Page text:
“Accordingly, the “NEC” that met and took the decisions it did on 25 September 2018, and may do so in future, is not a structure of the UDC and was not and is not authorized to make decisions for and of the UDC.” Mangole and his team further question the quorum of the “NEC”, “Even if the structure that met and made the decisions it did on 25 September 2018 was a lawful structure of the UDC, which it was not then and is not now and will, without more, not be in the future, the absence of the BMD and the BPP rendered the meeting of 25 September 2018 no-quorate.”
Therefore, Mangole writes, “the BMD was, on 25 September 2018 and remains, a member of the UDC and was and is entitled to be invited to and to participate in meetings of and to participate in decisions that the UDC makes.” He states that there is no lawful basis for not inviting the BMD to UDC meetings. “The deliberate decision to not invite the BMD to the meeting of 25 September 2018 would, were that meeting lawful, vitiate that meeting and the decisions it took.” The BMD is of the view that it was suspended without due process albeit there are no grounds for suspension because no evidence substantiating the accusations has been furnished “a written request notwithstanding and that makes it impossible to answer meaningfully.”
BMD DEFENDS PILANE
Mangole also takes time defending Sidney Pilane against the allegations levelled against him. He says the president of the BMD has not, at anytime and anywhere, made any divisive and or toxic/ pronouncements as alleged. “Our president has not made any pronouncements out of turn, nor has he done anything that required the sanction and authority of the UDC without such authority.”
“Our president has not painted the alleged or any other picture of the UDC, nor has he ever said or done anything adverse to the UDC,” writes Mangole. The BMD also deny charges that Pilane disparaged the UDC, and that he has been uncooperative. They further indicate that Pilane has not tarnished or put the name of the UDC into disrepute.
Mangole writes that the BMD has honoured all bilaterals requested of them. “We did with the BCP in respect of Maun West and Francistown West, and we did with the BPP as concerns Francistown West. The BNF has never asked us for a bilateral. What they have done was request us to meet with them to negotiate who, between the BMD and the BNF, should present parliamentary candidates in Moshupa-Manyana and Lentsweletau Mmopane constituencies.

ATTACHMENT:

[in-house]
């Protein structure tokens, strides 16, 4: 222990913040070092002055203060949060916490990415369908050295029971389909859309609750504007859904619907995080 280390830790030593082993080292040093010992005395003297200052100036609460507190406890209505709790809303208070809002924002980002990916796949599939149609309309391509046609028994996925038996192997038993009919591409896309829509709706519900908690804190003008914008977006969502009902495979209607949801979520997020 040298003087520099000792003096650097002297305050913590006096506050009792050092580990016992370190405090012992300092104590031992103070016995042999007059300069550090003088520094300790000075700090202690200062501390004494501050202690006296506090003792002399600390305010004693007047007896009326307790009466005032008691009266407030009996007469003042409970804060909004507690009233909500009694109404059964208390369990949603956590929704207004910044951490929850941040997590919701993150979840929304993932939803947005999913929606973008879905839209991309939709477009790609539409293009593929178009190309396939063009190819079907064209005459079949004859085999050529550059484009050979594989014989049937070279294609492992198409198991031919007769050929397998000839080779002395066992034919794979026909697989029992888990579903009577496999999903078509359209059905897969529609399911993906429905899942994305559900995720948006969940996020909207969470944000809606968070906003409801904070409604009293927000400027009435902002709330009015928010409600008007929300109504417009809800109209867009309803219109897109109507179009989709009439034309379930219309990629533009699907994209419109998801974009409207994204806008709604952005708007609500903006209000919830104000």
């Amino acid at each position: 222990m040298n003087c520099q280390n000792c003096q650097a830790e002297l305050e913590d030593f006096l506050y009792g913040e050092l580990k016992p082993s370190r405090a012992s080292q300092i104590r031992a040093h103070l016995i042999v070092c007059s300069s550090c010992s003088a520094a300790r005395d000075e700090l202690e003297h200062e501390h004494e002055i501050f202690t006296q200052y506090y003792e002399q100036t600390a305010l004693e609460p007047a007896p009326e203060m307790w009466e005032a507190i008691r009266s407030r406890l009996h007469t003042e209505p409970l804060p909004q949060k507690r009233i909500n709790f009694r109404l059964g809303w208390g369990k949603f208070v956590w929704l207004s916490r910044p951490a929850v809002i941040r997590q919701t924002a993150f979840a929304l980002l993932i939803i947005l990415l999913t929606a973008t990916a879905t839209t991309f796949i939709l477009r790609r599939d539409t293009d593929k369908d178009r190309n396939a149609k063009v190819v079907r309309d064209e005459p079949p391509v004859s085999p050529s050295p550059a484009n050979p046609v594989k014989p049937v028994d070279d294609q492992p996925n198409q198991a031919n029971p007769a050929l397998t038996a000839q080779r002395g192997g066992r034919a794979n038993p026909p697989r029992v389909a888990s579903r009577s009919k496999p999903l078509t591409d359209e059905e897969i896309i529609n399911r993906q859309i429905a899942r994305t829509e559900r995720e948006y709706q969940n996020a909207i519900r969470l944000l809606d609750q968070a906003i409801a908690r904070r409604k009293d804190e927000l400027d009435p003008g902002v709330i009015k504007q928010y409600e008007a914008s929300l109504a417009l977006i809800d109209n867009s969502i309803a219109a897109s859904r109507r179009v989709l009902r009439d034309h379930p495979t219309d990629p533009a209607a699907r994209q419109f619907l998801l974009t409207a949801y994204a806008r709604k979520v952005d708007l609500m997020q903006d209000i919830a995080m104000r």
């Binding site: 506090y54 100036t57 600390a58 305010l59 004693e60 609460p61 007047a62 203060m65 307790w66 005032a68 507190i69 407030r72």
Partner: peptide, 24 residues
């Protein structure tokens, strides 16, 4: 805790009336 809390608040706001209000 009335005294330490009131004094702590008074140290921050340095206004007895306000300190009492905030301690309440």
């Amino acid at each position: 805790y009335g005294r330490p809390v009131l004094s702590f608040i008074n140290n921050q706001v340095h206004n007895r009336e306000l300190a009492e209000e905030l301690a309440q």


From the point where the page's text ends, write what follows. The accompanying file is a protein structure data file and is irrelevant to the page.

This was not an invitation to hold a bilateral; it was one to re-open negotiations to divide constituencies when the process had long been concluded with those constituencies being allocated to the BMD. Only BCP had sought Lentsweletau Mmopane but yielded to the BMD.” Mangole says all accusations levelled against them as a party and those against their president are without substance.
In conclusion the BMD secretary general says, “The reasons for suspending the BMD, and contemplating its expulsion, are false and contrived, and are an unlawful stratagem to steal BMD constituencies.” He sayd the the BCP and the BNF July 2018 conferences both separately but conspiratorially resolved on unlawful strategies to steal BMD’s constituencies from it.
Former Umbrella for Democratic Change (UDC) Member of Parliament for Gaborone North, Haskins Nkaigwa has confirmed his departure from opposition fold to re-join the ruling Botswana Democratic Party (BDP).
Nkaigwa said opposition is extremely divided and the leadership not in talking terms. “They are planning evil against each other. Nothing much will be achieved,” Nkaigwa told WeekendPost.
“I believe my time in the opposition has come to an end. It’s time to be of value to rebuilding our nation and economy of the country. Remember the BDP is where I started my political journey. It is home,” he said.
“Despite all challenges currently facing the world, President Masisi will be far with his promises to Batswana. A leader always have the interest of the people at heart despite how some decisions may look to be unpopular with the people.
“I have faith and full confidence in President Dr Masisi leadership. We shall overcome as party and nation the current challenges bedevilling nations. BDP will emerge stronger. President Masisi will always have my backing.”
Nkaigwa served as opposition legislator between 2014-2019 representing Botswana Movement for Democracy (BMD) under UDC banner. He joined BMD in 2011 at the height public servant strike whilst Gaborone City Deputy Mayor. He eventually rose to become the mayor same year, after BDP lost majority in the GCC.
Nkaigwa had been a member of Botswana National Front (BNF), having joined from Alliance for Progressives (AP) in 2019.
Botswana has received assistance worth over P100 million from Japanese government since 2019, making the latter of the largest donors to Botswana in recent years.
The assistance include relatively large-scale grant aid programmes such as the COVID-19 programme (to provide medical equipment; P34 million), the digital terrestrial television programme (to distribute receivers to the underprivileged, P17 million), the agriculture promotion programme (to provide agricultural machinery and equipment, P53million).
“As 2020 was a particularly difficult year, where COVID-19 hit Botswana’s economy and society hard, Japan felt the need to assist Botswana as our friend,” said Japan’s new Ambassador to Botswana, Hoshiyama Takashi.
“It is for this reason that grants of over P100 million were awarded to Botswana for the above mentioned projects.”